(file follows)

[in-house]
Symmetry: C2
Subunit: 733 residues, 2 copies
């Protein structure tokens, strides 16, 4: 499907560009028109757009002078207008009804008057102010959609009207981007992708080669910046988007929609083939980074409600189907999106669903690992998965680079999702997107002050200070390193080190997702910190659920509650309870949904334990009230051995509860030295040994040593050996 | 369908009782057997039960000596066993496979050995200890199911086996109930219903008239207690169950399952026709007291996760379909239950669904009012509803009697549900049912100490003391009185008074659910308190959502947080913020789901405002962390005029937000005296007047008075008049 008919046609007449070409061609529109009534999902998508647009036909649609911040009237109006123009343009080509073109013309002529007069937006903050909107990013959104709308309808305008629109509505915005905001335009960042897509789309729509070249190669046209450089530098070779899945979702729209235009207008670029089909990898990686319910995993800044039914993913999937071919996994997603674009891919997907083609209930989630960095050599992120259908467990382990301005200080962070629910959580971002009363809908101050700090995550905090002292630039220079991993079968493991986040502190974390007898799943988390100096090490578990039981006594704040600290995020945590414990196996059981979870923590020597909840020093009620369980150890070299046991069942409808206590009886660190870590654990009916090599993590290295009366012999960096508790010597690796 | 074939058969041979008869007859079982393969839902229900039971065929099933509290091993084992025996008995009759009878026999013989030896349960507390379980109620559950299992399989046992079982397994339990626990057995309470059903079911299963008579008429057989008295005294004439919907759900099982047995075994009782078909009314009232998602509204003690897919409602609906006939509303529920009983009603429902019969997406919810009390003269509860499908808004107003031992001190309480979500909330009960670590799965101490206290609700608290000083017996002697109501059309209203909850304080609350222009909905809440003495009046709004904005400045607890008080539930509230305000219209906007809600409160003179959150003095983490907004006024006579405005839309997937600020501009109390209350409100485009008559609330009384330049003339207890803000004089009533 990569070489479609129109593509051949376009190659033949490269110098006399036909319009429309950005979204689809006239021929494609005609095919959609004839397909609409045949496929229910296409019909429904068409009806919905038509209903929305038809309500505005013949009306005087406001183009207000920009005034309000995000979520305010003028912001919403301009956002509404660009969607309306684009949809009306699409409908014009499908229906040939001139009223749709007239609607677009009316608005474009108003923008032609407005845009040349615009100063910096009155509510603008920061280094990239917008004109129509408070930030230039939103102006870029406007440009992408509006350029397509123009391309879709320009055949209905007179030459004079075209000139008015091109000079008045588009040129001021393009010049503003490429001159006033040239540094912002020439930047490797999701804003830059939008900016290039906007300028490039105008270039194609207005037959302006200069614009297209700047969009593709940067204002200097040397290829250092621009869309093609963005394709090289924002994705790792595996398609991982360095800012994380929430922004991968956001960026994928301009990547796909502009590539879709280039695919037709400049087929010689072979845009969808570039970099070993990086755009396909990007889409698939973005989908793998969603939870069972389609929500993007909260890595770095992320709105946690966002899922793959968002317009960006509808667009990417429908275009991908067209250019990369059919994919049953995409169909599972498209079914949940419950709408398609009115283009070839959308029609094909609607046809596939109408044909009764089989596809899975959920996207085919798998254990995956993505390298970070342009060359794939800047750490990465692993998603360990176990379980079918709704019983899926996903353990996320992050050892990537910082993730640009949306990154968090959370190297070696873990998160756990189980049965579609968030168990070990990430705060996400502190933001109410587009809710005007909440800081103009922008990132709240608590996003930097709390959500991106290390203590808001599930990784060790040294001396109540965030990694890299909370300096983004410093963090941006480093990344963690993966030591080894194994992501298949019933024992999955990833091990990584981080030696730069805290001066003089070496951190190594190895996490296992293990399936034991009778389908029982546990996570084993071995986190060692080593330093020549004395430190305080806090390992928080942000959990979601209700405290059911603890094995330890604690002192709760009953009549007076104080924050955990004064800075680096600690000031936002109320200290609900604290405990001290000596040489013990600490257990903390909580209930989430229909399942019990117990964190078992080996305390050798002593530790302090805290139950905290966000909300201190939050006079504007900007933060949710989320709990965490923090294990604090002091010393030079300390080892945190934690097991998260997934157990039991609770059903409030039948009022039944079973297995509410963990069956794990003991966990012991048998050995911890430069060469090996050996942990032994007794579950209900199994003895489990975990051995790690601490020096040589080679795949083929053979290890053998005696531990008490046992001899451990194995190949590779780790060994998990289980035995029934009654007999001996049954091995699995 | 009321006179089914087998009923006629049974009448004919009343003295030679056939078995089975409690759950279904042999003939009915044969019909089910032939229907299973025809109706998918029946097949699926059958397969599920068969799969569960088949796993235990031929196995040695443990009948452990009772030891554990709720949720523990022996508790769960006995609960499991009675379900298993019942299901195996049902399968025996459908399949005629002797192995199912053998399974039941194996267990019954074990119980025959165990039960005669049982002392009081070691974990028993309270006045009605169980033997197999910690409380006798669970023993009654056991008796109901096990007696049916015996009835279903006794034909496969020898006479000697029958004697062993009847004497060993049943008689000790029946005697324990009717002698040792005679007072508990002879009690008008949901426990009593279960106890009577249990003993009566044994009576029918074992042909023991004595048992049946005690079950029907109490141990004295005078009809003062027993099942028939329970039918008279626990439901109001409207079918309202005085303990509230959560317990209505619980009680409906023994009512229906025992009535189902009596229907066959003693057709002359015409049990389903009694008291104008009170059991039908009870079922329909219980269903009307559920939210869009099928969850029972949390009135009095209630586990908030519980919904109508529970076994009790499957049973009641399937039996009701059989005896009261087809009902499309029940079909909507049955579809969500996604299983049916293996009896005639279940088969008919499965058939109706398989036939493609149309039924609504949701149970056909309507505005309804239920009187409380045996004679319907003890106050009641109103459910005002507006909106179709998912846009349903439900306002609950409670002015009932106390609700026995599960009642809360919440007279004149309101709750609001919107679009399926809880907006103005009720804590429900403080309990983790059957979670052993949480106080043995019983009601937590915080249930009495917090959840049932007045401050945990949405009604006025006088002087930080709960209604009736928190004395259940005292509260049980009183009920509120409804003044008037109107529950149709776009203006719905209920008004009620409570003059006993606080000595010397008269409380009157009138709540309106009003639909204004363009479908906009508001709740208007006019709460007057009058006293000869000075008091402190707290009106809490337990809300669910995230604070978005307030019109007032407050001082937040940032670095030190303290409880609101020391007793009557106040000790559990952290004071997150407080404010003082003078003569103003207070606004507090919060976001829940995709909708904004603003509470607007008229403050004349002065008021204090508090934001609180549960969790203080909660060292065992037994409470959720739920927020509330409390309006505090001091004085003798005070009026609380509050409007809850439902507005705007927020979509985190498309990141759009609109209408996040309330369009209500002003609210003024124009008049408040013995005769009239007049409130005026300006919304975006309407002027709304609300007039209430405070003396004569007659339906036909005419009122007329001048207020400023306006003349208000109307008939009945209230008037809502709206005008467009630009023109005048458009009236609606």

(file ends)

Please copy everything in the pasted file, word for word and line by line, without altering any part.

[in-house]
Symmetry: C2
Subunit: 733 residues, 2 copies
């Protein structure tokens, strides 16, 4: 499907560009028109757009002078207008009804008057102010959609009207981007992708080669910046988007929609083939980074409600189907999106669903690992998965680079999702997107002050200070390193080190997702910190659920509650309870949904334990009230051995509860030295040994040593050996 | 369908009782057997039960000596066993496979050995200890199911086996109930219903008239207690169950399952026709007291996760379909239950669904009012509803009697549900049912100490003391009185008074659910308190959502947080913020789901405002962390005029937000005296007047008075008049 008919046609007449070409061609529109009534999902998508647009036909649609911040009237109006123009343009080509073109013309002529007069937006903050909107990013959104709308309808305008629109509505915005905001335009960042897509789309729509070249190669046209450089530098070779899945979702729209235009207008670029089909990898990686319910995993800044039914993913999937071919996994997603674009891919997907083609209930989630960095050599992120259908467990382990301005200080962070629910959580971002009363809908101050700090995550905090002292630039220079991993079968493991986040502190974390007898799943988390100096090490578990039981006594704040600290995020945590414990196996059981979870923590020597909840020093009620369980150890070299046991069942409808206590009886660190870590654990009916090599993590290295009366012999960096508790010597690796 | 074939058969041979008869007859079982393969839902229900039971065929099933509290091993084992025996008995009759009878026999013989030896349960507390379980109620559950299992399989046992079982397994339990626990057995309470059903079911299963008579008429057989008295005294004439919907759900099982047995075994009782078909009314009232998602509204003690897919409602609906006939509303529920009983009603429902019969997406919810009390003269509860499908808004107003031992001190309480979500909330009960670590799965101490206290609700608290000083017996002697109501059309209203909850304080609350222009909905809440003495009046709004904005400045607890008080539930509230305000219209906007809600409160003179959150003095983490907004006024006579405005839309997937600020501009109390209350409100485009008559609330009384330049003339207890803000004089009533 990569070489479609129109593509051949376009190659033949490269110098006399036909319009429309950005979204689809006239021929494609005609095919959609004839397909609409045949496929229910296409019909429904068409009806919905038509209903929305038809309500505005013949009306005087406001183009207000920009005034309000995000979520305010003028912001919403301009956002509404660009969607309306684009949809009306699409409908014009499908229906040939001139009223749709007239609607677009009316608005474009108003923008032609407005845009040349615009100063910096009155509510603008920061280094990239917008004109129509408070930030230039939103102006870029406007440009992408509006350029397509123009391309879709320009055949209905007179030459004079075209000139008015091109000079008045588009040129001021393009010049503003490429001159006033040239540094912002020439930047490797999701804003830059939008900016290039906007300028490039105008270039194609207005037959302006200069614009297209700047969009593709940067204002200097040397290829250092621009869309093609963005394709090289924002994705790792595996398609991982360095800012994380929430922004991968956001960026994928301009990547796909502009590539879709280039695919037709400049087929010689072979845009969808570039970099070993990086755009396909990007889409698939973005989908793998969603939870069972389609929500993007909260890595770095992320709105946690966002899922793959968002317009960006509808667009990417429908275009991908067209250019990369059919994919049953995409169909599972498209079914949940419950709408398609009115283009070839959308029609094909609607046809596939109408044909009764089989596809899975959920996207085919798998254990995956993505390298970070342009060359794939800047750490990465692993998603360990176990379980079918709704019983899926996903353990996320992050050892990537910082993730640009949306990154968090959370190297070696873990998160756990189980049965579609968030168990070990990430705060996400502190933001109410587009809710005007909440800081103009922008990132709240608590996003930097709390959500991106290390203590808001599930990784060790040294001396109540965030990694890299909370300096983004410093963090941006480093990344963690993966030591080894194994992501298949019933024992999955990833091990990584981080030696730069805290001066003089070496951190190594190895996490296992293990399936034991009778389908029982546990996570084993071995986190060692080593330093020549004395430190305080806090390992928080942000959990979601209700405290059911603890094995330890604690002192709760009953009549007076104080924050955990004064800075680096600690000031936002109320200290609900604290405990001290000596040489013990600490257990903390909580209930989430229909399942019990117990964190078992080996305390050798002593530790302090805290139950905290966000909300201190939050006079504007900007933060949710989320709990965490923090294990604090002091010393030079300390080892945190934690097991998260997934157990039991609770059903409030039948009022039944079973297995509410963990069956794990003991966990012991048998050995911890430069060469090996050996942990032994007794579950209900199994003895489990975990051995790690601490020096040589080679795949083929053979290890053998005696531990008490046992001899451990194995190949590779780790060994998990289980035995029934009654007999001996049954091995699995 | 009321006179089914087998009923006629049974009448004919009343003295030679056939078995089975409690759950279904042999003939009915044969019909089910032939229907299973025809109706998918029946097949699926059958397969599920068969799969569960088949796993235990031929196995040695443990009948452990009772030891554990709720949720523990022996508790769960006995609960499991009675379900298993019942299901195996049902399968025996459908399949005629002797192995199912053998399974039941194996267990019954074990119980025959165990039960005669049982002392009081070691974990028993309270006045009605169980033997197999910690409380006798669970023993009654056991008796109901096990007696049916015996009835279903006794034909496969020898006479000697029958004697062993009847004497060993049943008689000790029946005697324990009717002698040792005679007072508990002879009690008008949901426990009593279960106890009577249990003993009566044994009576029918074992042909023991004595048992049946005690079950029907109490141990004295005078009809003062027993099942028939329970039918008279626990439901109001409207079918309202005085303990509230959560317990209505619980009680409906023994009512229906025992009535189902009596229907066959003693057709002359015409049990389903009694008291104008009170059991039908009870079922329909219980269903009307559920939210869009099928969850029972949390009135009095209630586990908030519980919904109508529970076994009790499957049973009641399937039996009701059989005896009261087809009902499309029940079909909507049955579809969500996604299983049916293996009896005639279940088969008919499965058939109706398989036939493609149309039924609504949701149970056909309507505005309804239920009187409380045996004679319907003890106050009641109103459910005002507006909106179709998912846009349903439900306002609950409670002015009932106390609700026995599960009642809360919440007279004149309101709750609001919107679009399926809880907006103005009720804590429900403080309990983790059957979670052993949480106080043995019983009601937590915080249930009495917090959840049932007045401050945990949405009604006025006088002087930080709960209604009736928190004395259940005292509260049980009183009920509120409804003044008037109107529950149709776009203006719905209920008004009620409570003059006993606080000595010397008269409380009157009138709540309106009003639909204004363009479908906009508001709740208007006019709460007057009058006293000869000075008091402190707290009106809490337990809300669910995230604070978005307030019109007032407050001082937040940032670095030190303290409880609101020391007793009557106040000790559990952290004071997150407080404010003082003078003569103003207070606004507090919060976001829940995709909708904004603003509470607007008229403050004349002065008021204090508090934001609180549960969790203080909660060292065992037994409470959720739920927020509330409390309006505090001091004085003798005070009026609380509050409007809850439902507005705007927020979509985190498309990141759009609109209408996040309330369009209500002003609210003024124009008049408040013995005769009239007049409130005026300006919304975006309407002027709304609300007039209430405070003396004569007659339906036909005419009122007329001048207020400023306006003349208000109307008939009945209230008037809502709206005008467009630009023109005048458009009236609606």